A trademark can be any word, phrase, symbol, design, or any combination of those that allows consumers to identify and relate your business to your goods or services.
Some of the advantages to having a trademark are:
- It identifies the source of your goods or services;
- It provides legal protection for your brand; and
- It helps you guard against counterfeiting and fraud.
While many businesses understand the benefits of having a trademark, most can’t decide if they should file for a federal or state trademark.
This guide breaks down the differences between state trademarks vs federal, explores the advantages of each, and the different types of trademarks.
A state trademark is registered to a state’s trademark office. It protects the registered trademark and gives the owner exclusive rights to use the mark within the state’s borders.
What Are the Advantages of a State Trademark?
State trademark registration is not required, but it does provide some benefits:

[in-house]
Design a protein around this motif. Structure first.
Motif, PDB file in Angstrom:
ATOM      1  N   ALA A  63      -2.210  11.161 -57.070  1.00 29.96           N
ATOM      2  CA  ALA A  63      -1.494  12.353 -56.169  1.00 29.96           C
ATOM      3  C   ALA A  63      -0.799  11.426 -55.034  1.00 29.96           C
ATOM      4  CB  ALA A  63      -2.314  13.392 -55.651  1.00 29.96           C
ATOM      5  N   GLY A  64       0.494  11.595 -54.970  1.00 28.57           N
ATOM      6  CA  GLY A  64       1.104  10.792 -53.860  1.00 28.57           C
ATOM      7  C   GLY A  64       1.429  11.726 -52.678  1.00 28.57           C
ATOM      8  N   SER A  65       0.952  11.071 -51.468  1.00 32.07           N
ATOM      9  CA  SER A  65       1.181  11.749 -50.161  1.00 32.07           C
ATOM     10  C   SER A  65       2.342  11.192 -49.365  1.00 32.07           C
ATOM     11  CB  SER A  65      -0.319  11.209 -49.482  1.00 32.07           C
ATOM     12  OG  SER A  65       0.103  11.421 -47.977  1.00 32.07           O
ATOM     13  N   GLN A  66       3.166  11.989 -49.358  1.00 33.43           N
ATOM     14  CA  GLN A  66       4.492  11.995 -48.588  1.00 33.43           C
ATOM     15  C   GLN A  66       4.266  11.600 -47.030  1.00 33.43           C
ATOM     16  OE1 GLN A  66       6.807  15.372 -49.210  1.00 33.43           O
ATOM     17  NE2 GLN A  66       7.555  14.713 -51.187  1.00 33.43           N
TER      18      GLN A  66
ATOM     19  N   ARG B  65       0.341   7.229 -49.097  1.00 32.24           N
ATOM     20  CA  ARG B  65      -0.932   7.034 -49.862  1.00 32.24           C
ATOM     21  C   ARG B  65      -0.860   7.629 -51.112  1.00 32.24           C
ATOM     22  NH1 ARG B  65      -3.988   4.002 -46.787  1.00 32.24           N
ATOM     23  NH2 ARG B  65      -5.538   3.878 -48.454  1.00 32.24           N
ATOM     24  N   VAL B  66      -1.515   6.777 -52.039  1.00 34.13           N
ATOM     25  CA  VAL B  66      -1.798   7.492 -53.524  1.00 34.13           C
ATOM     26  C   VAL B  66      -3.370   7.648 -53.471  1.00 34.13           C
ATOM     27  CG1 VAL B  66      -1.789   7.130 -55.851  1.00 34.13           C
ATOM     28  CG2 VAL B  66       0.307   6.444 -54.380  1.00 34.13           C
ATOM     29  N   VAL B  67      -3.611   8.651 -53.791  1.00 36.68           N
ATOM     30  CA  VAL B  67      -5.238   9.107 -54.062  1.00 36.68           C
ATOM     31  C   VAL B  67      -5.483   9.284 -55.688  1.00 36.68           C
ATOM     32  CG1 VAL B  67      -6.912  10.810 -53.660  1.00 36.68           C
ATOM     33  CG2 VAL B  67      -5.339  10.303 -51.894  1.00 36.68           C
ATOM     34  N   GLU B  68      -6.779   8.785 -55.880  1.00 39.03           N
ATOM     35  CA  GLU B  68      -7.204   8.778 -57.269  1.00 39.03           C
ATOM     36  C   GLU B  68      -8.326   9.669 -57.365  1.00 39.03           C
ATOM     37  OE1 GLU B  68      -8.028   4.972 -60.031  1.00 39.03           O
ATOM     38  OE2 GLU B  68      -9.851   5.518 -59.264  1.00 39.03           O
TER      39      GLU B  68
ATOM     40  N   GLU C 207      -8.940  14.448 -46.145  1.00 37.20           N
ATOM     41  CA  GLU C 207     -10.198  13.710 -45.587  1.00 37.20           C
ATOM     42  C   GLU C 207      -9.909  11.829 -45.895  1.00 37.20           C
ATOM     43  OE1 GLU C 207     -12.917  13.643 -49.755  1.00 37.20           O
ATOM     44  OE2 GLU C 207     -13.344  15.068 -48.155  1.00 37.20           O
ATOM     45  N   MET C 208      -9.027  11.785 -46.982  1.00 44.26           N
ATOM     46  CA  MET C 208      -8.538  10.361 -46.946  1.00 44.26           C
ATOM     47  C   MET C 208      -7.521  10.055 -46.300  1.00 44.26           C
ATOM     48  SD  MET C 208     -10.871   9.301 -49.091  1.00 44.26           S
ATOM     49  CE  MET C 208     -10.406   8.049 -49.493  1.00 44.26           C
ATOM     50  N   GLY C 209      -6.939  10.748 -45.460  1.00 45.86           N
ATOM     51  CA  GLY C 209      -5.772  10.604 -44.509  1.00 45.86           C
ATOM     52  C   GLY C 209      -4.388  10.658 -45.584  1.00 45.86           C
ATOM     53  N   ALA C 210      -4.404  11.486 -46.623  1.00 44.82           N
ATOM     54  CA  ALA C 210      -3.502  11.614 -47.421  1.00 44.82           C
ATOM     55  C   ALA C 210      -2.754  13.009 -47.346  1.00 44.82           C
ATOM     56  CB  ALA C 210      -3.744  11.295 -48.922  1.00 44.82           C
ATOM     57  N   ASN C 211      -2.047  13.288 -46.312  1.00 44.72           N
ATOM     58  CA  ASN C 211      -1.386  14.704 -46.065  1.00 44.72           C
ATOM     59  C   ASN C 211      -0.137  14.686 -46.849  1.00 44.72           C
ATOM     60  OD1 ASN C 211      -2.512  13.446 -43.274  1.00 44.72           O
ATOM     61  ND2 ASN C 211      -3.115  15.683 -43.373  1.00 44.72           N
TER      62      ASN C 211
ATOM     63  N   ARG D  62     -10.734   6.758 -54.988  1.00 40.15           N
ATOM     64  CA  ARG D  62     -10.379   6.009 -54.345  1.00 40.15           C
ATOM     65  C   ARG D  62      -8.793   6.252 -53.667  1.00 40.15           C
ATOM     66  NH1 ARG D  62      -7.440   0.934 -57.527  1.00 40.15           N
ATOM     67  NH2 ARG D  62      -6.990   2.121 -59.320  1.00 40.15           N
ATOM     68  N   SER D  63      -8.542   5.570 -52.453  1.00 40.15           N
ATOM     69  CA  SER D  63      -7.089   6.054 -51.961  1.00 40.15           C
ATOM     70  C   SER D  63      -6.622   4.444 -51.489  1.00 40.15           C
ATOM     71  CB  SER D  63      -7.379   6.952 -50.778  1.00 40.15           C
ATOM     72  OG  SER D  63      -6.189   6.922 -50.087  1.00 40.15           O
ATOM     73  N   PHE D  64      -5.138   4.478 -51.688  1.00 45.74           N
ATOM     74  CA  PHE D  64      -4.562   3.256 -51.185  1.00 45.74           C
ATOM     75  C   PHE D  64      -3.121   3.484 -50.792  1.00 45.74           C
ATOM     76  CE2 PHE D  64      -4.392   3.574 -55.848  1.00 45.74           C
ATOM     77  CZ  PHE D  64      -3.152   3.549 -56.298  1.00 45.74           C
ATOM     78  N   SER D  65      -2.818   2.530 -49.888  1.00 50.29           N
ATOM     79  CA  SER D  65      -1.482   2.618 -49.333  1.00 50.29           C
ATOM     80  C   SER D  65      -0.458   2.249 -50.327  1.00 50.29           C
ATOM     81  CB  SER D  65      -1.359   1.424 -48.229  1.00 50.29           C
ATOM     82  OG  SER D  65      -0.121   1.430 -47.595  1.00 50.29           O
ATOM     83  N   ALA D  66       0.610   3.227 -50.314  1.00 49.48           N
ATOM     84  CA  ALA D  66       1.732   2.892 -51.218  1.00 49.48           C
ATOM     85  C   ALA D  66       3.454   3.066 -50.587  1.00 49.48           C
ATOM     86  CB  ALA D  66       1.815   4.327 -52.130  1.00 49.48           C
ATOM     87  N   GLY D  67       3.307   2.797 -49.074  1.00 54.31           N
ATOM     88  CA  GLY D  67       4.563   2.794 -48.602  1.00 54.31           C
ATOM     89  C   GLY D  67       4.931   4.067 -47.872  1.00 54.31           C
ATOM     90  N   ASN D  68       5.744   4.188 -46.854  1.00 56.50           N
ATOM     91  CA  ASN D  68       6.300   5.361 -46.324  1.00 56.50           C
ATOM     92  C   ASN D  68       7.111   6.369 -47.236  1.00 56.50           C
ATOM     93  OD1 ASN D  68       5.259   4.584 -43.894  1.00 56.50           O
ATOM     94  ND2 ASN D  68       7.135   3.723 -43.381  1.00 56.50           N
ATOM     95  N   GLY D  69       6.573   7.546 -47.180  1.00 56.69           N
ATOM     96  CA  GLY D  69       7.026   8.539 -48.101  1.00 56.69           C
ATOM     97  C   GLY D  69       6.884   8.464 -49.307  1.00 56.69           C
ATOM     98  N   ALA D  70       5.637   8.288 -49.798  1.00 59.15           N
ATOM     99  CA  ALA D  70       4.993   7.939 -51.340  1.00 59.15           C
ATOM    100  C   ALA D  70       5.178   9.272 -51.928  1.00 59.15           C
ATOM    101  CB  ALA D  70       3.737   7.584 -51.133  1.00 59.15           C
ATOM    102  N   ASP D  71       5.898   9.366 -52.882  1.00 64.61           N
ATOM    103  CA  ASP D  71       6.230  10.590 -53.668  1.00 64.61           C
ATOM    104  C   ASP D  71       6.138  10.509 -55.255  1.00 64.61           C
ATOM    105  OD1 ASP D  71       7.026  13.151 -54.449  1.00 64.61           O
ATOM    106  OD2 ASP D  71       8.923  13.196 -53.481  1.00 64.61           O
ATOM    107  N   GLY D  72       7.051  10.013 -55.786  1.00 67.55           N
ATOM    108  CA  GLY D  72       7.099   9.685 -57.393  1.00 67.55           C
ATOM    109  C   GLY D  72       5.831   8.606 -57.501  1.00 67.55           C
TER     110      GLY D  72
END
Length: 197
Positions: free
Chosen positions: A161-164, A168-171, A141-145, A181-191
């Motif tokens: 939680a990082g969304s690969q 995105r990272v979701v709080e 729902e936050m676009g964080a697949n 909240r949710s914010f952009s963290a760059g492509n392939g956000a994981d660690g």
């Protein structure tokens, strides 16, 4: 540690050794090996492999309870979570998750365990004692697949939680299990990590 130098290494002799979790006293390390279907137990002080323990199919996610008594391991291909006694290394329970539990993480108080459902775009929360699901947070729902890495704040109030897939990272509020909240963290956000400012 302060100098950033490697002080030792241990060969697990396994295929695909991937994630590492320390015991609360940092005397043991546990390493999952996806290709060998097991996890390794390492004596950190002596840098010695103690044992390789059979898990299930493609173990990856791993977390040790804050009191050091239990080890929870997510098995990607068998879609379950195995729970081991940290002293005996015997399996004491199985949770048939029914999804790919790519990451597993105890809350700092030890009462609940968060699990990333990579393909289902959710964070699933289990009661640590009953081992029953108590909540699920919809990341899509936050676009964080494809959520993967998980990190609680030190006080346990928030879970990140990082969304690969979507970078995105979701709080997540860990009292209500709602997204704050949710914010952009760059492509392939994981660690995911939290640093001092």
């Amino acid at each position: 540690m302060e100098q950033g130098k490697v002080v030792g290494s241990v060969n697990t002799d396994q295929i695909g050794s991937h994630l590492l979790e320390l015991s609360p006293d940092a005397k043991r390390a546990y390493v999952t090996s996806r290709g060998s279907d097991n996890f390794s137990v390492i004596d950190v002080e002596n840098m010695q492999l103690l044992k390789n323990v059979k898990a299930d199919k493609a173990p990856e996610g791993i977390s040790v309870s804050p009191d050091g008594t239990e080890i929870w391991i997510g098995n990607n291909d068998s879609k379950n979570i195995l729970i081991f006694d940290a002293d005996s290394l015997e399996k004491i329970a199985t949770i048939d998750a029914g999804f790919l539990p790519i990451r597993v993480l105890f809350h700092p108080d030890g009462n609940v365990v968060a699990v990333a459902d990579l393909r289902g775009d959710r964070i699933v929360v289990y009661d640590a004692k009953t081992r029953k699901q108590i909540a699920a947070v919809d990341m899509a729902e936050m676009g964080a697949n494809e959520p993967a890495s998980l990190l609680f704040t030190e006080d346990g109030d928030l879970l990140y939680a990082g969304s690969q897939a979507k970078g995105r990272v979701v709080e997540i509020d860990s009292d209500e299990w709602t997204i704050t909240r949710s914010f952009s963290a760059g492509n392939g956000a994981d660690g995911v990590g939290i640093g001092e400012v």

- Relatively quick and inexpensive compared to registering for a federal trademark;
- The exclusive right to use the mark within the state;
- The ability to sue for infringement in state court;
- The ability to use either TM for a trademark or SM for a service mark;
- The ability to use the mark in connection with goods or services that are sold or distributed within the state; and
- The ability to register the mark with the U.S. Patent and Trademark Office (USPTO). * (Note: You do not need a state trademark to register with the USPTO. However, registering a state trademark will help establish priority if there is a potential conflict with another trademark.
A federal trademarkis registered with theUnited States Patent and Trademark Office and it will give the owner the exclusive right to use the registered trademark in connection with their goods and services throughout the United States.
Federal trademarks are valid for as long as you keep paying the renewal fees. The first renewal is between the fifth and sixth year after the registration date. The second renewal is between the ninth and tenth year after the registration date. After the first ten years, the renewal is every ten years.